Exactly when I first stumbled upon Shorpy.com I do not recall. It may have been due to StumbleUpon, actually. Once realizing the treasure I’d found, it also became apparent the vast hours of time that would be needed to properly peruse these thousands of extremely high resolution images documenting urban American life over the last 150 years or so.
Some of my favorites are of the bustling street scenes prior to the invasion of the automobile. As rapid urbanization was pushing the very beginning of the era of the skyscraper, new also was the evolving invention of photography. Yet it was during this experimental phase that pursuit of the sharpest, lushest images seemed to peak. Shorpy is dominated by photos shot on 8″x10″ plate glass negatives. They can literally be enlarged to the size of your average interior wall before they start to blur. Taken by numerous photographers, the majority of the images on the site were shot by the Detroit Publishing Company.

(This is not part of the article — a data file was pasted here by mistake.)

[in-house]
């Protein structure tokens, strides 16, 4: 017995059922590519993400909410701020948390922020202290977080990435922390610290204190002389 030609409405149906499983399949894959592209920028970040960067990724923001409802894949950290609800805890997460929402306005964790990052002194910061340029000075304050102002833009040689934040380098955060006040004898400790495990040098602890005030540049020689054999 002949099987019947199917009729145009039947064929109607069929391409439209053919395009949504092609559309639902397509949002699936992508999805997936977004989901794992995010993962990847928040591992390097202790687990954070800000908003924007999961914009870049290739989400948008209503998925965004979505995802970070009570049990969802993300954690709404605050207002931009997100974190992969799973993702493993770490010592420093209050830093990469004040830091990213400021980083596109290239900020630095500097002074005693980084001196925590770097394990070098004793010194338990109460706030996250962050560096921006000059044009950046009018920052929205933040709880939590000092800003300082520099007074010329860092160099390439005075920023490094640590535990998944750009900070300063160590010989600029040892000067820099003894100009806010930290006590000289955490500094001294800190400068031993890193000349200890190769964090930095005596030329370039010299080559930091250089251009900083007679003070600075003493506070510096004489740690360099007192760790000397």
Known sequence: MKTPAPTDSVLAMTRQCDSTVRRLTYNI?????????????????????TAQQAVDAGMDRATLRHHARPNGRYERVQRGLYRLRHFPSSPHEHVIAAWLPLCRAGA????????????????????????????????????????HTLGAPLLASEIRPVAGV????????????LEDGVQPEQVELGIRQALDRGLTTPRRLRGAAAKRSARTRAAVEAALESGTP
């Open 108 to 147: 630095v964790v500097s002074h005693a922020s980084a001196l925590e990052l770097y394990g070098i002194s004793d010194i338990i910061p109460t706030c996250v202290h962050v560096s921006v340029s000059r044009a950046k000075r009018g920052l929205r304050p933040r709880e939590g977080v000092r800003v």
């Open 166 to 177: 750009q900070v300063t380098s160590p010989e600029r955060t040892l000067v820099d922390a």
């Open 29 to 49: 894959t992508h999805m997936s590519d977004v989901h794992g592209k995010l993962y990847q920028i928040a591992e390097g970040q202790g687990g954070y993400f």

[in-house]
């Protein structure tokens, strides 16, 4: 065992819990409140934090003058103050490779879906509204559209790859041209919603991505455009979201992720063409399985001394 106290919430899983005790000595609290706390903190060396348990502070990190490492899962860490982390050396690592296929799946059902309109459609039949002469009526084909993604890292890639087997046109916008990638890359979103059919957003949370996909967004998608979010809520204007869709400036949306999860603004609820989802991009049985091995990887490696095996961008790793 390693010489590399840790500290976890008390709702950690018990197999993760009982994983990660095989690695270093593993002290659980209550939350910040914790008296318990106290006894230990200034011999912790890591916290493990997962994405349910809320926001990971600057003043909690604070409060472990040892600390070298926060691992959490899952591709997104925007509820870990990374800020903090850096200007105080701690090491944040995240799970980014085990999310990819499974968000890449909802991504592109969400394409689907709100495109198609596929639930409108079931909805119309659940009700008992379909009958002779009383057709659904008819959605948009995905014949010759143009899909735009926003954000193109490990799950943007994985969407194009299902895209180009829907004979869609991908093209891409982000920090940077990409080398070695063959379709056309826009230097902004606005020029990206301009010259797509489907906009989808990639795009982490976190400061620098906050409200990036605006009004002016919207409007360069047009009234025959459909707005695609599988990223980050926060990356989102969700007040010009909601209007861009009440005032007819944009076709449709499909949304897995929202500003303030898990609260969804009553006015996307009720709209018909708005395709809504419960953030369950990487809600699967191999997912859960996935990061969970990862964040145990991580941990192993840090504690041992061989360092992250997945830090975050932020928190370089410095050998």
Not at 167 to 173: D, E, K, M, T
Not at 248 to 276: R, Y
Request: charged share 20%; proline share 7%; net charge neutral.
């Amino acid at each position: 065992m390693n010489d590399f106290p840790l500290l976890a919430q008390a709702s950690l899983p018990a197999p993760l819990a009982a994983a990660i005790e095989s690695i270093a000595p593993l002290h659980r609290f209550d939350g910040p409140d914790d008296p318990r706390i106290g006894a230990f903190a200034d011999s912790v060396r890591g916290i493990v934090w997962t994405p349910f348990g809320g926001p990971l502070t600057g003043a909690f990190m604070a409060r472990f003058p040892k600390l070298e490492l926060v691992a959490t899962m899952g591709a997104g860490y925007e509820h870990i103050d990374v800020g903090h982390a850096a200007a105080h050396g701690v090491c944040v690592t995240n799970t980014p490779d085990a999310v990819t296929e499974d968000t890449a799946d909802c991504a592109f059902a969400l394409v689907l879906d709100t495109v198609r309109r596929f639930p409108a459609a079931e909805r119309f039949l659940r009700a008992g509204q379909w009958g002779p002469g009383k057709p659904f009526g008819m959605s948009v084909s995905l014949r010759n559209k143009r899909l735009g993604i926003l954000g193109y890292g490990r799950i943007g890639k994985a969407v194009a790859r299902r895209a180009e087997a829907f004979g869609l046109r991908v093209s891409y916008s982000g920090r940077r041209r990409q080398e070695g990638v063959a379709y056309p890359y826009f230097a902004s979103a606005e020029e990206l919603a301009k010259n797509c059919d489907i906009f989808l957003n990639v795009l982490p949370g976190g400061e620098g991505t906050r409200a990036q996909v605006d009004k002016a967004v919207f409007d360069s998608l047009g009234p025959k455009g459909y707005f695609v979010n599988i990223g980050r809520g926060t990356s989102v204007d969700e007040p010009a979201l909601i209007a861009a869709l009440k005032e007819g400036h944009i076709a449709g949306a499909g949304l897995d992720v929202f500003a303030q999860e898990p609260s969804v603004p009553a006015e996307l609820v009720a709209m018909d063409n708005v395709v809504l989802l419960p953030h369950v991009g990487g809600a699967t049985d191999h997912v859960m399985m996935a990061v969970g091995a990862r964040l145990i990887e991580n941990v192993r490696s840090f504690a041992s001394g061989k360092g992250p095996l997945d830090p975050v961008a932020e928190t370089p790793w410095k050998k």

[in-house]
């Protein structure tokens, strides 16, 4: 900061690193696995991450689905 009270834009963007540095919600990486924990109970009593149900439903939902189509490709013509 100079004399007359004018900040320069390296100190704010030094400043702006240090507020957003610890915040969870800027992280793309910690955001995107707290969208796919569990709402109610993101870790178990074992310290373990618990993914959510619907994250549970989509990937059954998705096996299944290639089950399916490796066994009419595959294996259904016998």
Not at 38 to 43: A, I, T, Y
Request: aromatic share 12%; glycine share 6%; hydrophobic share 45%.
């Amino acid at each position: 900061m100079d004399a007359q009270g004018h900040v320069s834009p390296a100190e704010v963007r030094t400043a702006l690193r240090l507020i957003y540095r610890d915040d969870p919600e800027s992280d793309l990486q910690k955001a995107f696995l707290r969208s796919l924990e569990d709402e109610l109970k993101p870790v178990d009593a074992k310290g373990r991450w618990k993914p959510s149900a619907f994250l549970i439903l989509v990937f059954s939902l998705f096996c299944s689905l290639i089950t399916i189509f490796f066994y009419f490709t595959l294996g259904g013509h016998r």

When scrutinizing these street scenes, a few things jump out right away. Of course there are no traffic signals, there’s clearly no need for them. Streetcars, bicycles, and horse drawn carriages are everywhere. Where there is high traffic, those on foot still enjoy sidewalks upwards of forty feet wide along store fronts nestled into human-scaled buildings rarely more than 5 stories high. But it’s also telling that there are no crosswalks for pedestrians. And why would there be? During this era – as it had been for thousands of years – you could safely cross wherever your heart desired and not have to watch for giant metal machines racing toward you. What’s more, the street here is not purely the thoroughfare – it is the essential common gathering place for demonstrations, for buying and selling food, for children to play in, for celebration, for lingering and people watching.